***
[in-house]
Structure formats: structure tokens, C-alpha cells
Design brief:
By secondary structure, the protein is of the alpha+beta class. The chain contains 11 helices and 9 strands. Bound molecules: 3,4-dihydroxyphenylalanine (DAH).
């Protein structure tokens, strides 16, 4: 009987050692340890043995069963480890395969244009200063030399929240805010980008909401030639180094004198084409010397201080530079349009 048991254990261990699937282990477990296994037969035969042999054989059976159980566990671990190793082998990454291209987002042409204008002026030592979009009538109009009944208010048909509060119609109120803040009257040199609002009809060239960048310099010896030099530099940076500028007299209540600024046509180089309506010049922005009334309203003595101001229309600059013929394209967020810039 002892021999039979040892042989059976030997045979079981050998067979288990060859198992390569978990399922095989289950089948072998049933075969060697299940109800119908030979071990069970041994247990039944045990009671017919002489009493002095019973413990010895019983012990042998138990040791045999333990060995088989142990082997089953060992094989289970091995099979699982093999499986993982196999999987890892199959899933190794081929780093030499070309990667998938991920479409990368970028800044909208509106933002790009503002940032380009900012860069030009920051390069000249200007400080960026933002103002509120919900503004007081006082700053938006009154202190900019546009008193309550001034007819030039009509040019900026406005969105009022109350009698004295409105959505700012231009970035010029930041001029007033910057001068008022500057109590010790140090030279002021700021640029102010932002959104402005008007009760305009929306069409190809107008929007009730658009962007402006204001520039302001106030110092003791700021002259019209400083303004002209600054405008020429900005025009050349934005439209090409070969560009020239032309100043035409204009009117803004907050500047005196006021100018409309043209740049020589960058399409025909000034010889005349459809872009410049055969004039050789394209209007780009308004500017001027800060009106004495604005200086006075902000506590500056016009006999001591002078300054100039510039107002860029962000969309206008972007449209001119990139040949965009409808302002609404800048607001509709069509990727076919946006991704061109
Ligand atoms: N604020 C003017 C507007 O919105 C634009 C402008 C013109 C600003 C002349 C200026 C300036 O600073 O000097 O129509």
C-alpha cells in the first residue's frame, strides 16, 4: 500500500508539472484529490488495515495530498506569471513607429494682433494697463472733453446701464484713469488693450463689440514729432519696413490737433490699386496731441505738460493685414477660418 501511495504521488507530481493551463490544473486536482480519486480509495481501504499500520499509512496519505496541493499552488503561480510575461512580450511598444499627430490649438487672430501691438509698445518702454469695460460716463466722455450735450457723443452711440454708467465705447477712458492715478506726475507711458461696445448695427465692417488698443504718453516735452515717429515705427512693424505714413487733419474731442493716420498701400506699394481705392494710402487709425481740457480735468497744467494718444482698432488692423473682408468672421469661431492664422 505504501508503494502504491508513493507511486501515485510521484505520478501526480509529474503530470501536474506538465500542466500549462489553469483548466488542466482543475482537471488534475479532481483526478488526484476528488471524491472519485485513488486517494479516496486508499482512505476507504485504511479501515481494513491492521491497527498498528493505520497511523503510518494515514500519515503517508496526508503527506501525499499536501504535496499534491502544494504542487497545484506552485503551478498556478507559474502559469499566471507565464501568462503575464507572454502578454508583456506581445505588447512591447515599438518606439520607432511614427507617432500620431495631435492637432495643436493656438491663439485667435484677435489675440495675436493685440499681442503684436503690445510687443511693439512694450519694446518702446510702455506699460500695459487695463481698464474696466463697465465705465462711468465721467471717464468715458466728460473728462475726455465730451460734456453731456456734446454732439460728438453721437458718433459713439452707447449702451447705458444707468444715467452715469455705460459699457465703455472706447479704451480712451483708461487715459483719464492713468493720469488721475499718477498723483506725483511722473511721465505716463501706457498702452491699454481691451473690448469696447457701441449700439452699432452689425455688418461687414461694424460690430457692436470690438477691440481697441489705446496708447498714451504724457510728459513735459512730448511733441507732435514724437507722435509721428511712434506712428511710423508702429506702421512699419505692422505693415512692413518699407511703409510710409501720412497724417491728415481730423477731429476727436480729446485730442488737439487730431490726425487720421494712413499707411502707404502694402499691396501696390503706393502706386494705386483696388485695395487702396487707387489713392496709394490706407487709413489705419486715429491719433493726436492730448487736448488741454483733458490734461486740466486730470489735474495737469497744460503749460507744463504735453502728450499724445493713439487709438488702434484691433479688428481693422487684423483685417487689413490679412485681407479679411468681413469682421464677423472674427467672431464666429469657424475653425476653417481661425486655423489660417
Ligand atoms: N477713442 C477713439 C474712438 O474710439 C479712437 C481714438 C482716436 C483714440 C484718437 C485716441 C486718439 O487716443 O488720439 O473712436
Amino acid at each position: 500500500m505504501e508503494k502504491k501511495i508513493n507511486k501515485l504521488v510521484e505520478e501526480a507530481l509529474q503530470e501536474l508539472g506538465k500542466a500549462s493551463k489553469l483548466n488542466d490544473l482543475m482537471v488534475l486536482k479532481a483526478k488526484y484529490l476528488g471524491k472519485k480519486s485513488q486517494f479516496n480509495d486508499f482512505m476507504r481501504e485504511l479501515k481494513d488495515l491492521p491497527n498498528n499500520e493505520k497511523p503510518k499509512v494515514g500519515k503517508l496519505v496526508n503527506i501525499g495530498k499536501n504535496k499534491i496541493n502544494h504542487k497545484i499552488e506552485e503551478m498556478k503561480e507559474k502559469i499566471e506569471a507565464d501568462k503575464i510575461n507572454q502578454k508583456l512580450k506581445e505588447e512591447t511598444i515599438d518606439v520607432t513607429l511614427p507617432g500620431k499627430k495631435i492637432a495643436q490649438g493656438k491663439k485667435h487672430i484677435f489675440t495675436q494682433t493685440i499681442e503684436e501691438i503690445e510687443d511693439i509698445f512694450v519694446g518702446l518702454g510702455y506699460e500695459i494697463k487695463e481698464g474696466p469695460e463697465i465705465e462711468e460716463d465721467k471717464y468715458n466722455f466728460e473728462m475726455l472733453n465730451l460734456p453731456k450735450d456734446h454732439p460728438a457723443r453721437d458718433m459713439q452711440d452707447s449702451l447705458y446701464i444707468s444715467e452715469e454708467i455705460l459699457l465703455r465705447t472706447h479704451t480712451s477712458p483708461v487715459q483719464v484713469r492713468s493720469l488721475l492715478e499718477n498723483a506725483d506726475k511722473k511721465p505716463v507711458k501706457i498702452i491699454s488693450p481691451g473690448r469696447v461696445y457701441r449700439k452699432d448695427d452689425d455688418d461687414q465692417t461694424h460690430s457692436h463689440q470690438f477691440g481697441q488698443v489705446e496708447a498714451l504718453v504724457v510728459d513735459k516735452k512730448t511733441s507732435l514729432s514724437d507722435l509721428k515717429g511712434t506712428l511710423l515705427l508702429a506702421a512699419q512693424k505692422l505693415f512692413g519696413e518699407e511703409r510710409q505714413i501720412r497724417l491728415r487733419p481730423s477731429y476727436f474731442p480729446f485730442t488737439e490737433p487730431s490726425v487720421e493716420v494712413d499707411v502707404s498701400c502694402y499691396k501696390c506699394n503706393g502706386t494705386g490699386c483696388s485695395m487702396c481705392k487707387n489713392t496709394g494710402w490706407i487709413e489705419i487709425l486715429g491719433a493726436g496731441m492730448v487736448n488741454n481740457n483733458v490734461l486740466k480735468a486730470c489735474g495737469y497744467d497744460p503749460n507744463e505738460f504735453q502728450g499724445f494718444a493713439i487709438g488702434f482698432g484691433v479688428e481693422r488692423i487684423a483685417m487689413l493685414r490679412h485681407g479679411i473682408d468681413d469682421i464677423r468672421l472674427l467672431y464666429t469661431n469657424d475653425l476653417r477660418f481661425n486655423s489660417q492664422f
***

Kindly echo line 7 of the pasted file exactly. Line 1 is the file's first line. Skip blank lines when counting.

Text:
C-alpha cells in the first residue's frame, strides 16, 4: 500500500508539472484529490488495515495530498506569471513607429494682433494697463472733453446701464484713469488693450463689440514729432519696413490737433490699386496731441505738460493685414477660418 501511495504521488507530481493551463490544473486536482480519486480509495481501504499500520499509512496519505496541493499552488503561480510575461512580450511598444499627430490649438487672430501691438509698445518702454469695460460716463466722455450735450457723443452711440454708467465705447477712458492715478506726475507711458461696445448695427465692417488698443504718453516735452515717429515705427512693424505714413487733419474731442493716420498701400506699394481705392494710402487709425481740457480735468497744467494718444482698432488692423473682408468672421469661431492664422 505504501508503494502504491508513493507511486501515485510521484505520478501526480509529474503530470501536474506538465500542466500549462489553469483548466488542466482543475482537471488534475479532481483526478488526484476528488471524491472519485485513488486517494479516496486508499482512505476507504485504511479501515481494513491492521491497527498498528493505520497511523503510518494515514500519515503517508496526508503527506501525499499536501504535496499534491502544494504542487497545484506552485503551478498556478507559474502559469499566471507565464501568462503575464507572454502578454508583456506581445505588447512591447515599438518606439520607432511614427507617432500620431495631435492637432495643436493656438491663439485667435484677435489675440495675436493685440499681442503684436503690445510687443511693439512694450519694446518702446510702455506699460500695459487695463481698464474696466463697465465705465462711468465721467471717464468715458466728460473728462475726455465730451460734456453731456456734446454732439460728438453721437458718433459713439452707447449702451447705458444707468444715467452715469455705460459699457465703455472706447479704451480712451483708461487715459483719464492713468493720469488721475499718477498723483506725483511722473511721465505716463501706457498702452491699454481691451473690448469696447457701441449700439452699432452689425455688418461687414461694424460690430457692436470690438477691440481697441489705446496708447498714451504724457510728459513735459512730448511733441507732435514724437507722435509721428511712434506712428511710423508702429506702421512699419505692422505693415512692413518699407511703409510710409501720412497724417491728415481730423477731429476727436480729446485730442488737439487730431490726425487720421494712413499707411502707404502694402499691396501696390503706393502706386494705386483696388485695395487702396487707387489713392496709394490706407487709413489705419486715429491719433493726436492730448487736448488741454483733458490734461486740466486730470489735474495737469497744460503749460507744463504735453502728450499724445493713439487709438488702434484691433479688428481693422487684423483685417487689413490679412485681407479679411468681413469682421464677423472674427467672431464666429469657424475653425476653417481661425486655423489660417